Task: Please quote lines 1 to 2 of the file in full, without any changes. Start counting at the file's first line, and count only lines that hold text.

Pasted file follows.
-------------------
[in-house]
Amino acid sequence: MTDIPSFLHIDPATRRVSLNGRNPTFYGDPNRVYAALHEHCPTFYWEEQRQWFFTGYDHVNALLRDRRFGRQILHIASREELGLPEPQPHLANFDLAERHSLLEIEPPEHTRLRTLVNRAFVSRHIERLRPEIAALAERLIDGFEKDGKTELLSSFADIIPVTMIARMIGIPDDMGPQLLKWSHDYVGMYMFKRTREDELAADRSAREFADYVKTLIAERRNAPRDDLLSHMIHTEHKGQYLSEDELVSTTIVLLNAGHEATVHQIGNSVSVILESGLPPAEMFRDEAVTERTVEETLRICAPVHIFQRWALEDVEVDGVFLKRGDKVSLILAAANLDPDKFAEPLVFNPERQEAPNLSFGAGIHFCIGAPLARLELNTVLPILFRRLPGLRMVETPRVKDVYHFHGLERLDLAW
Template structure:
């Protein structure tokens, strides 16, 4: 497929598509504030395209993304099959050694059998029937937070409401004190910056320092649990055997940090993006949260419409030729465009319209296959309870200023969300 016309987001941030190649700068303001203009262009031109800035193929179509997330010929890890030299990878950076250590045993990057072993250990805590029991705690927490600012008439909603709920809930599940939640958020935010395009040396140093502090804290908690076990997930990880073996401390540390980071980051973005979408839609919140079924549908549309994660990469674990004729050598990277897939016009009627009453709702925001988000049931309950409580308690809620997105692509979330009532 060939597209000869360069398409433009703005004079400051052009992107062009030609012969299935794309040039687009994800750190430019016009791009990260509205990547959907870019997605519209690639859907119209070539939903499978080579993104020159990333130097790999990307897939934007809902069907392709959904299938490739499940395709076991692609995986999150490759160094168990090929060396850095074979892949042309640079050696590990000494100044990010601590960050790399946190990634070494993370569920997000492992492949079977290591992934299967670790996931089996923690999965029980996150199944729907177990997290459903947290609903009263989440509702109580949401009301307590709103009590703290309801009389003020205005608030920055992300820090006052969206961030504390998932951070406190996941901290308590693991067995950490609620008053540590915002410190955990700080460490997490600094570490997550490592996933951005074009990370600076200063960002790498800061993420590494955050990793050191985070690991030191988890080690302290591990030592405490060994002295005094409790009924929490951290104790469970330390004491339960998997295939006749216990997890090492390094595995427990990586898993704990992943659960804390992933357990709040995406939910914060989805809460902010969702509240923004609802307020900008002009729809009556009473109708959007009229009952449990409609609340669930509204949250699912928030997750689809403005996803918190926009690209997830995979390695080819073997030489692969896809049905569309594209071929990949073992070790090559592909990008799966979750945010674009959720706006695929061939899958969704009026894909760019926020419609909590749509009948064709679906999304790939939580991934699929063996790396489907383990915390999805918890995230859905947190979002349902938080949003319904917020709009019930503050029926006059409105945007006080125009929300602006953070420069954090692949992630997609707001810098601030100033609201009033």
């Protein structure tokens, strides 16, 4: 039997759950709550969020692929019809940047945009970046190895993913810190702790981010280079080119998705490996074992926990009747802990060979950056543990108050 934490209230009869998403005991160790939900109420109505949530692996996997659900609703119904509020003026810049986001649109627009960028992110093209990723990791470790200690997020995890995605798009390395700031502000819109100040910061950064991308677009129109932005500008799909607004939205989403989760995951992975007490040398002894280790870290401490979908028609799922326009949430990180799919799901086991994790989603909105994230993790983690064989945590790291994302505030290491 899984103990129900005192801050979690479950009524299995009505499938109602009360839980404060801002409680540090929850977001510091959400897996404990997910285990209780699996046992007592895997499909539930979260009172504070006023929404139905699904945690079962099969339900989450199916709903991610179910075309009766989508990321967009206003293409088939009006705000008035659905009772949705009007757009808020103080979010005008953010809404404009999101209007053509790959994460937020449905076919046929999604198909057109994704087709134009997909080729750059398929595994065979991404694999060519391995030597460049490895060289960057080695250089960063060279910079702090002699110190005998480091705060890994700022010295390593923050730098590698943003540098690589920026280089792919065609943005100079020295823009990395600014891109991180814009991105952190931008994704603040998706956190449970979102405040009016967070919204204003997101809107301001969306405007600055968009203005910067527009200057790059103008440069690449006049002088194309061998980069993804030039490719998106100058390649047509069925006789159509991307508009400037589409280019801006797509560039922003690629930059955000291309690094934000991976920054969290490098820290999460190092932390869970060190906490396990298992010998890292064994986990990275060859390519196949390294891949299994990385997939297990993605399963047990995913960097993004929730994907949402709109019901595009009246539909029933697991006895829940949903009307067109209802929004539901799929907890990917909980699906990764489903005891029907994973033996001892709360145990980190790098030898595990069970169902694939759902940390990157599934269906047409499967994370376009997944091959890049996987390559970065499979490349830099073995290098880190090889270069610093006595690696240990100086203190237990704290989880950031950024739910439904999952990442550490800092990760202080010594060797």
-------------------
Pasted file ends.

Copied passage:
[in-house]
Amino acid sequence: MTDIPSFLHIDPATRRVSLNGRNPTFYGDPNRVYAALHEHCPTFYWEEQRQWFFTGYDHVNALLRDRRFGRQILHIASREELGLPEPQPHLANFDLAERHSLLEIEPPEHTRLRTLVNRAFVSRHIERLRPEIAALAERLIDGFEKDGKTELLSSFADIIPVTMIARMIGIPDDMGPQLLKWSHDYVGMYMFKRTREDELAADRSAREFADYVKTLIAERRNAPRDDLLSHMIHTEHKGQYLSEDELVSTTIVLLNAGHEATVHQIGNSVSVILESGLPPAEMFRDEAVTERTVEETLRICAPVHIFQRWALEDVEVDGVFLKRGDKVSLILAAANLDPDKFAEPLVFNPERQEAPNLSFGAGIHFCIGAPLARLELNTVLPILFRRLPGLRMVETPRVKDVYHFHGLERLDLAW